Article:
The red, white, and blue punch their ticket to the World Cup

Shaking off the embarrassment of failing to qualify in 2018, the United States Men’s Soccer Team puts an exclamation on what has already been an outstanding 2022.

USMNT star Christian Pulisic celebrating a goal against Mexico. (John Dorton / Getty Images)

With a 3rd place finish in their group and a 2-0 loss to Costa Rica on Wednesday, the United States Men’s National Team (USMNT) has officially solidified their spot in the 2022 Fifa World Cup in Qatar this November. But to some, this qualification calls for more of a sigh of relief than it does celebration.

To bring back the painful memories briefly, the USMNT failed to qualify for the 2018 World Cup in Russia, after an abysmal 2-1 loss to Trinidad and Tobago. At the time this loss felt like rock bottom for the fans and the media. While our team has not always been great, 2018 would be the first time the USMNT missed the World Cup since 1986.

In my daily routine of reading sports news this morning, I noticed something pretty peculiar, but not outlandish. I can confidently say back in 2018 there was a lot more media coverage surrounding our soccer team after they failed to qualify, than there has been today after making it into this year’s tournament. Obviously, negative press sells, but that is not my point. People from all corners of sports media had a field day with a team that they knew nothing about. Guys like Colin Cowherd and Mike Florio, who primarily talk football, suddenly became soccer pundits overnight.

For those of us who have watched this team and program closely for the last decade or so, there was always a sense of optimism even after such an embarrassment. Personally speaking, I thought 2018 would be the wake up call that we needed, and so far that has proved to be somewhat true.

A Mass Exodus

In 2008, Major League Soccer (MLS) introduced a homegrown player rule, which basically incentivized teams to promote players from within their academy. A lot of this ‘homegrown talent’ came from American colleges or universities, which is traditionally not a beneficial path to take if you want to become an international star. Most players come out of college at 22 years old, whereas teams like Borussia Dortmund in Germany have given first team debuts to players like Youssoufa Moukoko at 16 years old.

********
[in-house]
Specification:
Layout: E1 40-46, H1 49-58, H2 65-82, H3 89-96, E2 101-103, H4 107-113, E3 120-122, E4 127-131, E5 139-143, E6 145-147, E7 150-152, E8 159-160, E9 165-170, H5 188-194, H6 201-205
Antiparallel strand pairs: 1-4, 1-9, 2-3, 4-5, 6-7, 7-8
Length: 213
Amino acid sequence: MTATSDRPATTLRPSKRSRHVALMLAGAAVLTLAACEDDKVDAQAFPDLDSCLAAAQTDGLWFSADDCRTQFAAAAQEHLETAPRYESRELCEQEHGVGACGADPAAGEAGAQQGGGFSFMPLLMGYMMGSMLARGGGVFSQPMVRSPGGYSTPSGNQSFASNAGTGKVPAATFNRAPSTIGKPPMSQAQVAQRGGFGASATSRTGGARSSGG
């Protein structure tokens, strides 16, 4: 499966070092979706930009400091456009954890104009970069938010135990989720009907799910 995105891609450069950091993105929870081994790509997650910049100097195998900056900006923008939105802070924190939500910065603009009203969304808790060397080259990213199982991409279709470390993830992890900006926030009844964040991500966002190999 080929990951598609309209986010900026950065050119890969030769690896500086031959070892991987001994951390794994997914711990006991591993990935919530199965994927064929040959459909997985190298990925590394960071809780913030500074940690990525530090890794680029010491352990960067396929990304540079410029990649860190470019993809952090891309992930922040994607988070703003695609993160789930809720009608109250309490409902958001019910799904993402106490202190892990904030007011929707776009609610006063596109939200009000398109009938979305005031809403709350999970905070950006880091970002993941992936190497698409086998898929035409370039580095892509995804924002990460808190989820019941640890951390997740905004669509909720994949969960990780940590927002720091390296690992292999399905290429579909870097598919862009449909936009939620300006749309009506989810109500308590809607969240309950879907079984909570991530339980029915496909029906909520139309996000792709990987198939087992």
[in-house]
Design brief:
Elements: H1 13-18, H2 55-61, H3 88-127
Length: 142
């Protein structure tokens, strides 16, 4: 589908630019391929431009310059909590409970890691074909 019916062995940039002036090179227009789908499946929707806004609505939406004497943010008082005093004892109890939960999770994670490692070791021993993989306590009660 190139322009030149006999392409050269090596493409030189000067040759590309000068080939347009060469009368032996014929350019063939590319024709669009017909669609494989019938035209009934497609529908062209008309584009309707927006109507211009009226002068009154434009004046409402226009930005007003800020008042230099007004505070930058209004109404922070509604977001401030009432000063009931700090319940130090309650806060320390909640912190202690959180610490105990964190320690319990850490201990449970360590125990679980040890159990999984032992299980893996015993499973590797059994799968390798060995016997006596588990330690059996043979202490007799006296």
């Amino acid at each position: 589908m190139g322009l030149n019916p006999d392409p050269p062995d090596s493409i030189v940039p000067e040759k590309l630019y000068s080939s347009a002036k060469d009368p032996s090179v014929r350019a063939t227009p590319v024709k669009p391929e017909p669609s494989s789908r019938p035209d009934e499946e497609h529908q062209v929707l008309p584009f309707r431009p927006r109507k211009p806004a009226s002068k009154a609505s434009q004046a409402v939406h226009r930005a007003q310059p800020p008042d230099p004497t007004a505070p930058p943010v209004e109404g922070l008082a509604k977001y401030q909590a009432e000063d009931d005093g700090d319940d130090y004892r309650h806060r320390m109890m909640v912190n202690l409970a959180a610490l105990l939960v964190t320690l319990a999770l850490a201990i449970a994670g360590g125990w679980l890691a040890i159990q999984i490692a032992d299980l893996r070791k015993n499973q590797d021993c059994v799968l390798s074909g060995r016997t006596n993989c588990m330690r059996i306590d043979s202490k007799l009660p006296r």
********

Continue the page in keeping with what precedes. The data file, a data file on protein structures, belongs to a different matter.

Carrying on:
The casual American sports fan always called for our talent to be cultivated from the States, but international soccers fans always knew deep down that our success would come from sending our players overseas. In the 2014 World Cup, after the USMNT made the Round of 16 and were then knocked out by a very good Belgium team, the casual American sports fans looked to be correct. At the time, some of our best players such as Michael Bradley, Clint Dempsey, and Landon Donovan were all playing in the MLS.

So, the overall mood about American soccer in 2014 was quite positive. Our overall goal was to make the knockout stage and we had accomplished that. Conversations were starting to be had about moving our players to Europe, but they did not have much ground.

Fast forward to 2018, where we all know what happened, and the overseas truthers finally got their spotlight. This time, the media was on their side. For weeks following the Trinidad and Tobago loss, the displeasure with how our talent is developed got louder and louder. The majority of people finally started to agree that players needed to kick off their careers in Europe.

The Great American melting pot

We’re back in 2022 finally, and I think I can say this has been the best year of American soccer I have seen in my life. I am only 22 years old, so I recognize that the sample size is not that large. Also, I am including the Summer of 2021 in this as well. With trophies coming from the CONCACAF Nations League and the CONCACAF Gold Cup, the United States has finally risen to a level that many had predicted would only come a few more years down the road. What makes these victories even more satisfying, is that both finals were won against Mexico, our rival. Tournaments aside, obviously the crowning achievement is getting back into the World Cup.

So what has changed since 2018 with our team? Just about everything. Though it was a defeat last night, our starting lineup contained players that play their club ball in England, Spain, Germany, and France. Not just for any old teams either, but Champions League winners Chelsea, Premier League winners Manchester City, Ligue 1 (France) winners Lille, and Bundesliga (Germany) powerhouse RB Leipzig. Not to mention some players that did not play last night, but are a part of giant clubs such as Juventus and FC Barcelona. Sending our talent overseas has already been exponentially beneficial, and there are no signs of slowing down.

The United States Men’s National Team is in a better spot now than even the most optimistic fans could have dreamed in 2018. With an average age of 24 years old throughout the entire squad, it’s not crazy to say that this is only the beginning. For now, we can celebrate qualifying for the 2022 Fifa World Cup, but I think bigger things lie ahead.

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